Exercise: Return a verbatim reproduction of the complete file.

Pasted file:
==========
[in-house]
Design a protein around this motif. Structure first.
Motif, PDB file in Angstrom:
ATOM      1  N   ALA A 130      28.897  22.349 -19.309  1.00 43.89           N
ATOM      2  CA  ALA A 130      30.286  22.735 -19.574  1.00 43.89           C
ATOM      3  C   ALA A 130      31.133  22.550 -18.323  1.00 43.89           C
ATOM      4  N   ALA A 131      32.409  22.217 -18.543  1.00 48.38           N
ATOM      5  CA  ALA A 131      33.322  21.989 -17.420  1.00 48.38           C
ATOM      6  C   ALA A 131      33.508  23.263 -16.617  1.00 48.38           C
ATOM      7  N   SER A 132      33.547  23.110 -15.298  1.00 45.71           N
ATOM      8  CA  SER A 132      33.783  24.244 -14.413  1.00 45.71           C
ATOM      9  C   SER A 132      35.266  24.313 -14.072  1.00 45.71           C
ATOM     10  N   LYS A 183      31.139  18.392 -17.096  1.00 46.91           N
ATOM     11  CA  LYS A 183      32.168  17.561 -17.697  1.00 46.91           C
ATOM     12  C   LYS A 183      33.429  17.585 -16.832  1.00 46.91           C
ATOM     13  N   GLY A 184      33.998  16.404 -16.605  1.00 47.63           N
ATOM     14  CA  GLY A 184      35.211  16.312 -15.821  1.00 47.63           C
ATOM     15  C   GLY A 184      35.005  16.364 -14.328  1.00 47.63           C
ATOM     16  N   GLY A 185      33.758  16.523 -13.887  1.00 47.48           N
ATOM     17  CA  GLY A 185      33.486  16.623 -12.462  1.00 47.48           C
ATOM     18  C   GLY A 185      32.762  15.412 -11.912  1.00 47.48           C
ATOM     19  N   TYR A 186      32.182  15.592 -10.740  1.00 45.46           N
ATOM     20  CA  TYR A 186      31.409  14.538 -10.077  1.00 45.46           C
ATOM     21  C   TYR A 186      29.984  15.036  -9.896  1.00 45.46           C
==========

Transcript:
[in-house]
Design a protein around this motif. Structure first.
Motif, PDB file in Angstrom:
ATOM      1  N   ALA A 130      28.897  22.349 -19.309  1.00 43.89           N
ATOM      2  CA  ALA A 130      30.286  22.735 -19.574  1.00 43.89           C
ATOM      3  C   ALA A 130      31.133  22.550 -18.323  1.00 43.89           C
ATOM      4  N   ALA A 131      32.409  22.217 -18.543  1.00 48.38           N
ATOM      5  CA  ALA A 131      33.322  21.989 -17.420  1.00 48.38           C
ATOM      6  C   ALA A 131      33.508  23.263 -16.617  1.00 48.38           C
ATOM      7  N   SER A 132      33.547  23.110 -15.298  1.00 45.71           N
ATOM      8  CA  SER A 132      33.783  24.244 -14.413  1.00 45.71           C
ATOM      9  C   SER A 132      35.266  24.313 -14.072  1.00 45.71           C
ATOM     10  N   LYS A 183      31.139  18.392 -17.096  1.00 46.91           N
ATOM     11  CA  LYS A 183      32.168  17.561 -17.697  1.00 46.91           C
ATOM     12  C   LYS A 183      33.429  17.585 -16.832  1.00 46.91           C
ATOM     13  N   GLY A 184      33.998  16.404 -16.605  1.00 47.63           N
ATOM     14  CA  GLY A 184      35.211  16.312 -15.821  1.00 47.63           C
ATOM     15  C   GLY A 184      35.005  16.364 -14.328  1.00 47.63           C
ATOM     16  N   GLY A 185      33.758  16.523 -13.887  1.00 47.48           N
ATOM     17  CA  GLY A 185      33.486  16.623 -12.462  1.00 47.48           C
ATOM     18  C   GLY A 185      32.762  15.412 -11.912  1.00 47.48           C
ATOM     19  N   TYR A 186      32.182  15.592 -10.740  1.00 45.46           N
ATOM     20  CA  TYR A 186      31.409  14.538 -10.077  1.00 45.46           C
ATOM     21  C   TYR A 186      29.984  15.036  -9.896  1.00 45.46           C